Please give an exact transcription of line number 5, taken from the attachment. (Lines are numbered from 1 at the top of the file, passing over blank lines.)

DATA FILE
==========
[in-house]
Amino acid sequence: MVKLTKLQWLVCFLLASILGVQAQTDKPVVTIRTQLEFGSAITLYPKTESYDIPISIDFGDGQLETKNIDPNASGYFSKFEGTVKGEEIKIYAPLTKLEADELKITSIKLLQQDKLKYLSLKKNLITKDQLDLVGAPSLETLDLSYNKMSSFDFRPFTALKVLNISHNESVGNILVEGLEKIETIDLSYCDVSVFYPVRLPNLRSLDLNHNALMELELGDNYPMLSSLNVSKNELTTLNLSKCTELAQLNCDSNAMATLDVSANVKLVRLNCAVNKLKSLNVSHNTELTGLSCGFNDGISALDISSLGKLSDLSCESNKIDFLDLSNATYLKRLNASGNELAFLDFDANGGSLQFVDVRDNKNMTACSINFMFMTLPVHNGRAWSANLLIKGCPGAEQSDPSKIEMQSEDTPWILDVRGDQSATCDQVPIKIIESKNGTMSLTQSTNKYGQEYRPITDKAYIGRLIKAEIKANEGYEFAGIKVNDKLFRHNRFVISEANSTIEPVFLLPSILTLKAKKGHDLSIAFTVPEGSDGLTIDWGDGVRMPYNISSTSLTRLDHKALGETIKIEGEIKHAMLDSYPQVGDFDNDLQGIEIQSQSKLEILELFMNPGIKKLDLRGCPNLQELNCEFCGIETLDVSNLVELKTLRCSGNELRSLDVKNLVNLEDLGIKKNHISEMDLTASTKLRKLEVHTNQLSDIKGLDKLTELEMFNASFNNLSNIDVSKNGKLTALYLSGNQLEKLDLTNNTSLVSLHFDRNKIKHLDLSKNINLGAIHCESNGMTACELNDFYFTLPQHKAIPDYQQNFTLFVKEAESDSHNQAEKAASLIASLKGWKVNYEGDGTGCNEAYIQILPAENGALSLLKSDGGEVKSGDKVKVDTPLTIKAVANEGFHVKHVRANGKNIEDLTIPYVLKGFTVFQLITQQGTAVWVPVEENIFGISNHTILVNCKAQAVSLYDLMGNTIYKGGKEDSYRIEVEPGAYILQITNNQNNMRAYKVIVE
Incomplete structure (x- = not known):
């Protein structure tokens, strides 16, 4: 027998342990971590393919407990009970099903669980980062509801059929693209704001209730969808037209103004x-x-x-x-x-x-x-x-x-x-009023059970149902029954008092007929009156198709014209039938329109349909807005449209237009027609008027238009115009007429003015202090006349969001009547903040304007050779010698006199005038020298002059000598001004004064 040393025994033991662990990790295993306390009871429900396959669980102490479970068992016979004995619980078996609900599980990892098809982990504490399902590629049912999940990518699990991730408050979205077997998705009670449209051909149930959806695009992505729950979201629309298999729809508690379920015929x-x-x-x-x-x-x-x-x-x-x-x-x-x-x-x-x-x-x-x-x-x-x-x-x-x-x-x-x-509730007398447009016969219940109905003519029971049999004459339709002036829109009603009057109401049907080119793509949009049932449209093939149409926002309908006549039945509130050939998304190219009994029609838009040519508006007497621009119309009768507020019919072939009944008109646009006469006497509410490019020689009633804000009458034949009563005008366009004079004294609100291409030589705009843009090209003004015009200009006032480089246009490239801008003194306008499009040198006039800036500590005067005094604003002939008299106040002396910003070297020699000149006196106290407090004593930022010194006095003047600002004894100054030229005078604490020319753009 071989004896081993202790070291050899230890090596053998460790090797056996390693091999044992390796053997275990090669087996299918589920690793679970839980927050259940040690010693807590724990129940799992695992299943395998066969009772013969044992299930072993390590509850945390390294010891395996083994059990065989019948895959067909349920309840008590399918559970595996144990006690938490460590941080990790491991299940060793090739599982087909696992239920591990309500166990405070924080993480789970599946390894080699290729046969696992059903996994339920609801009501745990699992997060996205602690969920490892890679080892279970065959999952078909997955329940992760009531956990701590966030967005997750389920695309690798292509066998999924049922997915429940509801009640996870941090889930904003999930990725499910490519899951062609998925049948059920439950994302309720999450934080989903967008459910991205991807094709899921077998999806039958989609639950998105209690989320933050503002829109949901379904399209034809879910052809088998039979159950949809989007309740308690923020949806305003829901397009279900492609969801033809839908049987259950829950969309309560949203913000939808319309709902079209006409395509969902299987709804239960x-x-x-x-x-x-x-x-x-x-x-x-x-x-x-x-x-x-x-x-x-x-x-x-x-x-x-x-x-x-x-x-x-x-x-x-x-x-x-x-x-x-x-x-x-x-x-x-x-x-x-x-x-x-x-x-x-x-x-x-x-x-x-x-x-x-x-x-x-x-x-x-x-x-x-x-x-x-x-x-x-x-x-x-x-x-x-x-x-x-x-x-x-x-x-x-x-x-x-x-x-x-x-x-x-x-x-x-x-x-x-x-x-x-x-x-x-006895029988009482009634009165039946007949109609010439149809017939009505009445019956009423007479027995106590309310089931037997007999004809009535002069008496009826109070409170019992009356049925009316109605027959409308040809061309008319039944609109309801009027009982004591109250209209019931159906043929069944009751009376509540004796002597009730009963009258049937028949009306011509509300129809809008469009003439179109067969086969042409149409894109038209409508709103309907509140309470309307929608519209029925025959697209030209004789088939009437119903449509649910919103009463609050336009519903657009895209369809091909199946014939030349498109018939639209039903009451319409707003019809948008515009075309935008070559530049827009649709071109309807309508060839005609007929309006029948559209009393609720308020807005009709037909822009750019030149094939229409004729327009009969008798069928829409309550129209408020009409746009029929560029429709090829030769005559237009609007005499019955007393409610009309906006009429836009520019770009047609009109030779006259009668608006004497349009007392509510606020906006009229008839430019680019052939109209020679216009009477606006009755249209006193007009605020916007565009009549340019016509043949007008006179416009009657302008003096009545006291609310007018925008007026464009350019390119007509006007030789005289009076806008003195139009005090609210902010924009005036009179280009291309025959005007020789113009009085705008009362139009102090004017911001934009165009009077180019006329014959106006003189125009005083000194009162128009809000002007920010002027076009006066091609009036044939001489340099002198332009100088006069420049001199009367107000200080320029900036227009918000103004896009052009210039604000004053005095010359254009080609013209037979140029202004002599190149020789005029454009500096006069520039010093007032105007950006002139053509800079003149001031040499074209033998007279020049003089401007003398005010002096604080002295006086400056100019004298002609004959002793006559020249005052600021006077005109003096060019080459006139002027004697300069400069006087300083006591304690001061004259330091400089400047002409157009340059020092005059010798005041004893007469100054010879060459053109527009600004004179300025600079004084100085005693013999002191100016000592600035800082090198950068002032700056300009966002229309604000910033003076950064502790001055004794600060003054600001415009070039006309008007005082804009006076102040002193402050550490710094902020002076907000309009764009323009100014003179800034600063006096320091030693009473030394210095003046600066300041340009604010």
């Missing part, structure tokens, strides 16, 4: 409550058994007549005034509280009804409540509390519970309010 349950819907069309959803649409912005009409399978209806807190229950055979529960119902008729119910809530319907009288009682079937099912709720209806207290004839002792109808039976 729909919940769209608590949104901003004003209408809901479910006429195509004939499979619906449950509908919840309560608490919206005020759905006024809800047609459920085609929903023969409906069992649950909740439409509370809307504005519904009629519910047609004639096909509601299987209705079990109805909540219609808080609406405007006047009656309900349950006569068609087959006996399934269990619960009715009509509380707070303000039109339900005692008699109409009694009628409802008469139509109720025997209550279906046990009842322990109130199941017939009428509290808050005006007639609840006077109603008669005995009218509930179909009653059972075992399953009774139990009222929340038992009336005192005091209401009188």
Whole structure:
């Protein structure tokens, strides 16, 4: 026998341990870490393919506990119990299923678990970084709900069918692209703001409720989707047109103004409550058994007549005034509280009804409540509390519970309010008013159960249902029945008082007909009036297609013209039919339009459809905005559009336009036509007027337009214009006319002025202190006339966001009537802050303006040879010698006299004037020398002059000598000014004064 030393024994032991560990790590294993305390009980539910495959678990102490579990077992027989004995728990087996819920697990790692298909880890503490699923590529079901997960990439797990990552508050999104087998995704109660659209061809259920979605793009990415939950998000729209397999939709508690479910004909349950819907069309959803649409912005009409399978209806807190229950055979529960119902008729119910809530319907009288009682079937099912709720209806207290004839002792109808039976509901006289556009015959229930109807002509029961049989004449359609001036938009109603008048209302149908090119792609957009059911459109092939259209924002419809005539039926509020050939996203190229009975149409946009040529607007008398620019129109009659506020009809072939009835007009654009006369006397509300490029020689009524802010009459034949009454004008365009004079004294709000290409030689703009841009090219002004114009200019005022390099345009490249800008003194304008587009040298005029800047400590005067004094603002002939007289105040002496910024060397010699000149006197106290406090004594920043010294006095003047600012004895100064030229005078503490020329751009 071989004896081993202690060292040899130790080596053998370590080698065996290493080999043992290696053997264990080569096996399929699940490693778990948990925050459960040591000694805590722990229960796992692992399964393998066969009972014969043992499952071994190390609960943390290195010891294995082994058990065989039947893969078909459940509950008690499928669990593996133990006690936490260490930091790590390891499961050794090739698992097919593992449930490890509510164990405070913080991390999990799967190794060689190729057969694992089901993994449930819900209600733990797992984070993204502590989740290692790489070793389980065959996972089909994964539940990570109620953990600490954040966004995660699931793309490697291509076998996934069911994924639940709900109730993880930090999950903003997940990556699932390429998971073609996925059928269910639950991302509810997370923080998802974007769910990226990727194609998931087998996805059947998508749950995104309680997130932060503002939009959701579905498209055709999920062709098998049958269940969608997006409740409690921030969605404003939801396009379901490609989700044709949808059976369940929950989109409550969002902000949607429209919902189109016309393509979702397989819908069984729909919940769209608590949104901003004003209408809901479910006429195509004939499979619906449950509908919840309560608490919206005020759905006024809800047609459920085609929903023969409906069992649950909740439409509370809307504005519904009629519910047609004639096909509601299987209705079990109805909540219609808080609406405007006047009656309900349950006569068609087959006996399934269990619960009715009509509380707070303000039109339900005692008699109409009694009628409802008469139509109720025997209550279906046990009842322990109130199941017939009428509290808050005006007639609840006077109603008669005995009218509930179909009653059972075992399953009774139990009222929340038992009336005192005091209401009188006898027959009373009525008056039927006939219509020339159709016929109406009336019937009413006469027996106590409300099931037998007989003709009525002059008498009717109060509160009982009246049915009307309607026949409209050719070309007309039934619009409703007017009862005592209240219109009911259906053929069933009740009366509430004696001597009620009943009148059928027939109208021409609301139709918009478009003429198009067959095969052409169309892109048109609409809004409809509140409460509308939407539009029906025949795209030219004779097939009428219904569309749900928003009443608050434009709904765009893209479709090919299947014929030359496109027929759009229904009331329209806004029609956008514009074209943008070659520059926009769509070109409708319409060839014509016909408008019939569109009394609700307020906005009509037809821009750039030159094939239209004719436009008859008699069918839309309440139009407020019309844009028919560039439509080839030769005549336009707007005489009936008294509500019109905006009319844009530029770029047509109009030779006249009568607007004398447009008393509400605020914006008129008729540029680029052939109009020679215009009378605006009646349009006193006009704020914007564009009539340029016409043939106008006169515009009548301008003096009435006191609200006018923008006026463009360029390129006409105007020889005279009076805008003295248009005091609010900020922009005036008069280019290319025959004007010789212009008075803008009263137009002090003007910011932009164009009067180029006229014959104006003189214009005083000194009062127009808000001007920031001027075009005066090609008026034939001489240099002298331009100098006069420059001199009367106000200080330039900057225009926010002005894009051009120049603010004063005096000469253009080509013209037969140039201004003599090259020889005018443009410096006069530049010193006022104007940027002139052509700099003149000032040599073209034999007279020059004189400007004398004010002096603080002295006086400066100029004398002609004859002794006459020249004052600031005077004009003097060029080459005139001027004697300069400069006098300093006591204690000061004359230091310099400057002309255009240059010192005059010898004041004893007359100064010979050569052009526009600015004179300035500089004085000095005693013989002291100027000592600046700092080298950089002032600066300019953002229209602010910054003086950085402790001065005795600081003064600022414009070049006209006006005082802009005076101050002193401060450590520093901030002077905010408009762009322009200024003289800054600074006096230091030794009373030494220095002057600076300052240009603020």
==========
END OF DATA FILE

């Missing part, structure tokens, strides 16, 4: 409550058994007549005034509280009804409540509390519970309010 349950819907069309959803649409912005009409399978209806807190229950055979529960119902008729119910809530319907009288009682079937099912709720209806207290004839002792109808039976 729909919940769209608590949104901003004003209408809901479910006429195509004939499979619906449950509908919840309560608490919206005020759905006024809800047609459920085609929903023969409906069992649950909740439409509370809307504005519904009629519910047609004639096909509601299987209705079990109805909540219609808080609406405007006047009656309900349950006569068609087959006996399934269990619960009715009509509380707070303000039109339900005692008699109409009694009628409802008469139509109720025997209550279906046990009842322990109130199941017939009428509290808050005006007639609840006077109603008669005995009218509930179909009653059972075992399953009774139990009222929340038992009336005192005091209401009188």